An employment contract or work contract is a kind of contract used in labor law to assign rights and obligations to an agreement between the parties. In other words, a working agreement is a binding document signed in a new job by an employer and an employee. The worker contract sets out the regulations, rights, and obligations for both the employer and the employee, and includes any special obligations undertaken which are distinctive in a specific hiring situation.
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Why is It Important to Draft a Work Contract?
A decent employment arrangement benefits both the employee as well as the employer. It states each party’s rights and responsibilities, defends the worker’s job security and protects the employer from certain hazards such as disclosing confidential company data after the end of the employment term.
Many work contracts provide for a definite period of employment. This ensures a job for employees as long as they do not infringe on the contract terms and allows employers to discredit a worker at the end of the period in jurisdictions that restrict employers’ ability to fire workers. The duration of this term must be negotiated with great care.
A decent work contract will stipulate precisely what offenses may result in the employee being terminated. This enables both candidates, as it guarantees that the worker understands which operations are needed and which are prohibited, making a serious breach less probable. The labor law of the specific jurisdiction must be consulted to make sure that the contract terms are not in contradiction with legal requirements.
If the worker has access to private information about the company, it is important from the employer’s point of view to include a clause that prevents the worker from disclosing this information to others. A worker may also try to prevent the worker from continuing to work for rivals, even though the labor laws of different jurisdictions differ as to whether such a clause is acceptable. In each of these cases, non-compete agreements are usually compulsory for the worker for a certain time (such as two or three years) following termination of employment.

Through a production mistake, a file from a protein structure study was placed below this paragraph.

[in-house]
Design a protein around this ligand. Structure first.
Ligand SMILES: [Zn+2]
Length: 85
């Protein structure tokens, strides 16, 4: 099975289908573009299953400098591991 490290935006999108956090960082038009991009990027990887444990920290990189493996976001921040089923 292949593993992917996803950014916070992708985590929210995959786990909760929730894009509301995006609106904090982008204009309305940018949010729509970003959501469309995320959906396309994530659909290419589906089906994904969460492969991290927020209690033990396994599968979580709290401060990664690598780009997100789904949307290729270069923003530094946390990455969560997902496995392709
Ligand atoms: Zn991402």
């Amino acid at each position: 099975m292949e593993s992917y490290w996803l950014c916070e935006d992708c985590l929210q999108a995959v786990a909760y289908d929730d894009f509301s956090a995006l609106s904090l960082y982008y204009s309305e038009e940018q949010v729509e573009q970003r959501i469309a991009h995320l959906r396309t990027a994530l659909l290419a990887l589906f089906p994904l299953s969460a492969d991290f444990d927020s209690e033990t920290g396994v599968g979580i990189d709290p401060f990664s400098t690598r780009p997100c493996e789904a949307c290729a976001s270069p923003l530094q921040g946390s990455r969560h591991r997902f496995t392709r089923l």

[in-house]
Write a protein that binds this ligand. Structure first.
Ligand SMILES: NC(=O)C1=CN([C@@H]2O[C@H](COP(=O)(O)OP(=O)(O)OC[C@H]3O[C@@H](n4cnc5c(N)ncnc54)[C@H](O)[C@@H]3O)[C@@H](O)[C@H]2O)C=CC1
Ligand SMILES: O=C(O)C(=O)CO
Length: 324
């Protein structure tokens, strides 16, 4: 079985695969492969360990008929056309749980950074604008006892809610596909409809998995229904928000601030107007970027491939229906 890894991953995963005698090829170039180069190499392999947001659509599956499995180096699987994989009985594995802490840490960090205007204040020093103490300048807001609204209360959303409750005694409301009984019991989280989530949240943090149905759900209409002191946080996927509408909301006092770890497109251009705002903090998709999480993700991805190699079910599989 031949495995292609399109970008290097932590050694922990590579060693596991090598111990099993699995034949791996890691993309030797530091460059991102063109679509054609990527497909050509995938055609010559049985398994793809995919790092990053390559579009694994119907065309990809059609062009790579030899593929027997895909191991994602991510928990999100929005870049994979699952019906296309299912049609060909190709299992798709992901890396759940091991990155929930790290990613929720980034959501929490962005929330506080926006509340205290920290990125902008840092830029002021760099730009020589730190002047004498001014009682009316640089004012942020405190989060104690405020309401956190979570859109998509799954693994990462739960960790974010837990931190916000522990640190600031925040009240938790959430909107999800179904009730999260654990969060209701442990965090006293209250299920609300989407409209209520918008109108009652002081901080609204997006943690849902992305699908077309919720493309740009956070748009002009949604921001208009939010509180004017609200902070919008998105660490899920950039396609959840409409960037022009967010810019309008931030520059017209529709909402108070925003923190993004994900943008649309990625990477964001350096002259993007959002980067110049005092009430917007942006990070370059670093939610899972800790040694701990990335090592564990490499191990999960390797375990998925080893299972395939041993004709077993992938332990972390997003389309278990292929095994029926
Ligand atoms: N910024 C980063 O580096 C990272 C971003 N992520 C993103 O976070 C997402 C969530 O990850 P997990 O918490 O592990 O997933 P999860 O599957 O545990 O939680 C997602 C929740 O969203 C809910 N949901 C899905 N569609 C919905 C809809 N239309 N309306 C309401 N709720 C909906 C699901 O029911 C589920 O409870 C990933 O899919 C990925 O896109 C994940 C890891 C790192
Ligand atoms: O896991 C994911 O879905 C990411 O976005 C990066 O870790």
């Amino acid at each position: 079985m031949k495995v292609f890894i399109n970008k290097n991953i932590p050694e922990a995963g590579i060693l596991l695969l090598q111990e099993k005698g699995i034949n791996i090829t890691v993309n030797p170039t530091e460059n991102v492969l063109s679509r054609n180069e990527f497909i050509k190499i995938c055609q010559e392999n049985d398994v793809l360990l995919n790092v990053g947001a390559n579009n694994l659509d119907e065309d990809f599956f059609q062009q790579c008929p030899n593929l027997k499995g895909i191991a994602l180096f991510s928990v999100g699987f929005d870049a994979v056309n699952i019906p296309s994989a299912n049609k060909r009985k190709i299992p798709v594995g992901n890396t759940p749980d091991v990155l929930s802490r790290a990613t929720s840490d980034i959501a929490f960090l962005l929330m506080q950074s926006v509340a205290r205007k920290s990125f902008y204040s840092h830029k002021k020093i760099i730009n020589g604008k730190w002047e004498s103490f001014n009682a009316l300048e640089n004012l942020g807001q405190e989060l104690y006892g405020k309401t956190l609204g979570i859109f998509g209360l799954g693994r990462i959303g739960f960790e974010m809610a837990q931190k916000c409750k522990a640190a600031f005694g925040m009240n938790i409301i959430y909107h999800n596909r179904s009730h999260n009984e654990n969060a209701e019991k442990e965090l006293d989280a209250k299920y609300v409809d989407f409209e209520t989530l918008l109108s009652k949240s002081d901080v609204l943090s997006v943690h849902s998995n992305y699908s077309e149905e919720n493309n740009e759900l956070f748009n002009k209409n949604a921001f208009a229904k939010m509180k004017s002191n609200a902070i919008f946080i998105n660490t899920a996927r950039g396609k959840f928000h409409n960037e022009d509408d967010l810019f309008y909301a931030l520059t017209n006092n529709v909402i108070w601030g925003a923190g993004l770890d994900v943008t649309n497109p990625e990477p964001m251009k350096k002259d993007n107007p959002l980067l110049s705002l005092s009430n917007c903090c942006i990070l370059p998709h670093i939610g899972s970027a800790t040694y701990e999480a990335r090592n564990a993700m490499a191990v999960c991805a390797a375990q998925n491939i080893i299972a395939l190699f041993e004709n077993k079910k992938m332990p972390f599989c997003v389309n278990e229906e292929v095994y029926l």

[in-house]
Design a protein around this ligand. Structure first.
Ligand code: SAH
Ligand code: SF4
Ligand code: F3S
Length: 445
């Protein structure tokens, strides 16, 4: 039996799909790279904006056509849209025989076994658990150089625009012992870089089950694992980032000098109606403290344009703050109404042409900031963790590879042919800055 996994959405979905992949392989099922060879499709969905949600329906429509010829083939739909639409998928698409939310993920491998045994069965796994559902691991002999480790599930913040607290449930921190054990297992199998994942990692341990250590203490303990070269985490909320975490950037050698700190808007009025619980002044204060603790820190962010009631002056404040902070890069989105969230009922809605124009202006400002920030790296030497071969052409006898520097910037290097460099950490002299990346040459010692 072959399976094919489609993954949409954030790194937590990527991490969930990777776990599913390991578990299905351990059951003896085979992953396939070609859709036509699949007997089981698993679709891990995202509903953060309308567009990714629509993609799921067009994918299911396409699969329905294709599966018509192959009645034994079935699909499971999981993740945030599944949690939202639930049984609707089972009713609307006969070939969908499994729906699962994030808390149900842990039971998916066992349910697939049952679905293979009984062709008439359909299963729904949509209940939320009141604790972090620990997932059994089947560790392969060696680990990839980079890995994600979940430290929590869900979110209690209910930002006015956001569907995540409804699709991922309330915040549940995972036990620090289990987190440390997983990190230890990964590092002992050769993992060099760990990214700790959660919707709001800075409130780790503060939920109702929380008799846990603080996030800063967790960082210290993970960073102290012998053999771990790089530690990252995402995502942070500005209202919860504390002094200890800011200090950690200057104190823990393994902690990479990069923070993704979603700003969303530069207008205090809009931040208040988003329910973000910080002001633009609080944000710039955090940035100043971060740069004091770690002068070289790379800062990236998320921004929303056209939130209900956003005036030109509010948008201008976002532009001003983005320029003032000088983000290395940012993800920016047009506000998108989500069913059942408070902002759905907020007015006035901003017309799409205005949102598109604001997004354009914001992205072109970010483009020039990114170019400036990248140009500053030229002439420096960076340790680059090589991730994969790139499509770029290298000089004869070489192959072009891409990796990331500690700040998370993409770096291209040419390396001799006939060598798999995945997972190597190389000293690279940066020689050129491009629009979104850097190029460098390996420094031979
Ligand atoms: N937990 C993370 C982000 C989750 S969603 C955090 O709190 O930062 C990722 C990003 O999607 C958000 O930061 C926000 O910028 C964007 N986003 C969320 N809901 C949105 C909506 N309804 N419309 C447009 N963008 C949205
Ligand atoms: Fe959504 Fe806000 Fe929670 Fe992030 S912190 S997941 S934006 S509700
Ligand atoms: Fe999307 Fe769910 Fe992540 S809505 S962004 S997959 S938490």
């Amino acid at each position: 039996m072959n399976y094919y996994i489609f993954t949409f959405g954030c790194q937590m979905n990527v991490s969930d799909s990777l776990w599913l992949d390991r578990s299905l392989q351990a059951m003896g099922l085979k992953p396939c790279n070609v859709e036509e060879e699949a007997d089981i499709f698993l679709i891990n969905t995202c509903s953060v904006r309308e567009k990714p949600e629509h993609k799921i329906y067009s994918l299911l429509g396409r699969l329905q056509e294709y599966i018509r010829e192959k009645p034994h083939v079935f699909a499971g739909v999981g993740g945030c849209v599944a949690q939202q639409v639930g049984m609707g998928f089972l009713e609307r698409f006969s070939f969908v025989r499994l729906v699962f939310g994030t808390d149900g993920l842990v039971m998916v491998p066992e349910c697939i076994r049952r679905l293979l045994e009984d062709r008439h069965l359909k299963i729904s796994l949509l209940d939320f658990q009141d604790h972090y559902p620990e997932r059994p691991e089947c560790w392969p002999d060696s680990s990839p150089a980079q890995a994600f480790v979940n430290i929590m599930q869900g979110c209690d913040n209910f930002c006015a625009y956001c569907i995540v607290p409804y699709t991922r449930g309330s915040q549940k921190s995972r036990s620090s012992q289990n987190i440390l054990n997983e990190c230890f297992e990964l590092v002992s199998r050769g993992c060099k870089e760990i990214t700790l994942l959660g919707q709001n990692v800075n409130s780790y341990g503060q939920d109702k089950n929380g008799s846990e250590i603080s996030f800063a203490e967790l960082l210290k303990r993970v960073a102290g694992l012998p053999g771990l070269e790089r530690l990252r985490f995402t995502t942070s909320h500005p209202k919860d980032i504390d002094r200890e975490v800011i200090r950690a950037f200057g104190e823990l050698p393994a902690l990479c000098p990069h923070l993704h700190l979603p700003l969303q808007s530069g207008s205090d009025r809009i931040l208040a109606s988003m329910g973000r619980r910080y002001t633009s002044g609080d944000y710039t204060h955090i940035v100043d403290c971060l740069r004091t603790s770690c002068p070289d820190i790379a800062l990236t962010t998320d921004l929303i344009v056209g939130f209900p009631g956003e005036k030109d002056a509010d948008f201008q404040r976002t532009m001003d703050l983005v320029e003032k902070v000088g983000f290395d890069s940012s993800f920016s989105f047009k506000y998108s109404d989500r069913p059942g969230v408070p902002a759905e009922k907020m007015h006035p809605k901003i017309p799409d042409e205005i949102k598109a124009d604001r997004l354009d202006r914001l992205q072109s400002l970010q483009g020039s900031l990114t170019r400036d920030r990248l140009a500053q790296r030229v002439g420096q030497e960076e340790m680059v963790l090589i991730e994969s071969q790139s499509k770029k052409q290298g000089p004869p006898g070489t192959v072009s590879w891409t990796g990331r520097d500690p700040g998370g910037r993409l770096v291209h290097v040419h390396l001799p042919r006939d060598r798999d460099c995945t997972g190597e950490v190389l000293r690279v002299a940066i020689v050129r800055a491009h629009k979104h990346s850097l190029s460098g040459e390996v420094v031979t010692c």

The tasks of the employer and the employee must be spelled out clearly in the contract of employment. This segment should include work duties, salaries, and benefits for staff and any rewards for overtime. This should also include the right of the employer to move the employee to another position, although if this occurs, the employment contract should be changed to reflect the newly assigned tasks of the worker.
A proper employment contract will provide for dispute resolution processes that mitigate the time and cost of a fight in the courts that no party can afford. Appeals from arbitration proceedings are typically complex, though arbitration systems often reduce time and expense. Many jurisdictions require employment conflicts to be brought before a special tribunal for the settlement of employment disputes, in which case no dispute resolution provision is required.
Elements of a Work Contract
Length of Employment
The contract may indicate a start date and end date for the start of work. The agreement may also specify how many hours the employee shall work per day, week or month.
The contract may dictate the amount to be paid to the employee within a given time frame. The agreement can also specify the level of wage pay and what deductions the employer can make from the wage. The contract may also include a severance pay provision.
Fringe benefits refer to additional benefits intended to complement the salary of an employee. Such benefits include medical and other types of insurance such as dental insurance and health insurance, as well as pension benefits. Such incentives for employee illness, holiday, or personal use may include paid time off. Certain advantages include using a company car or account of expenses. Fringe benefits also provide the contribution of an employer to an employee’s diploma in education.
The agreement could determine when to facilitate a worker, or receive a bonus.
Resolution of Disputes
A work contract may contain a clause on how conflicts should be resolved under the agreement. Disputes can be settled in various ways. The parties opt for the method they prefer. The involved parties may use the contract for mediation disputes or binding arbitration. The parties can also make provision for a dispute to be brought before a court.
The contract may contain a clause known as a restrictive covenant. Under a restrictive covenant, the worker agrees not to compete with the employer upon termination. The worker agrees to not seek or solicit employment with the employer’s rivals in the marketplace. The restrictive clause of the covenant contains a geographic area where the operations of the worker are constrained. Those covenants have an end date.
A non-disparagement provision may be provided for in the employment agreement. An employee here agrees to not speak unfavorably about the employer. The worker gets a profit in return, such as the severance pay.
Advantages and Disadvantages of a Work Contract
A contract of employment sets out the terms and conditions of the employee-employer relationship. Like any other contract, this too has a few pros and cons:
- Monitor the willingness of the employee to leave the company.
- The contract will prevent the worker from trying to compete with the company.
- Will prohibit the worker from sharing secrets of the company.
- It provides the employer with better control of the worker.
- The employer and the employee shall be bound to the contract.
- Adjusting the contract terms means renegotiation. The worker must also agree to the adjustments and there is no assurance that he or she will.
- The agreement means that the employer should behave in good faith and always be impartial.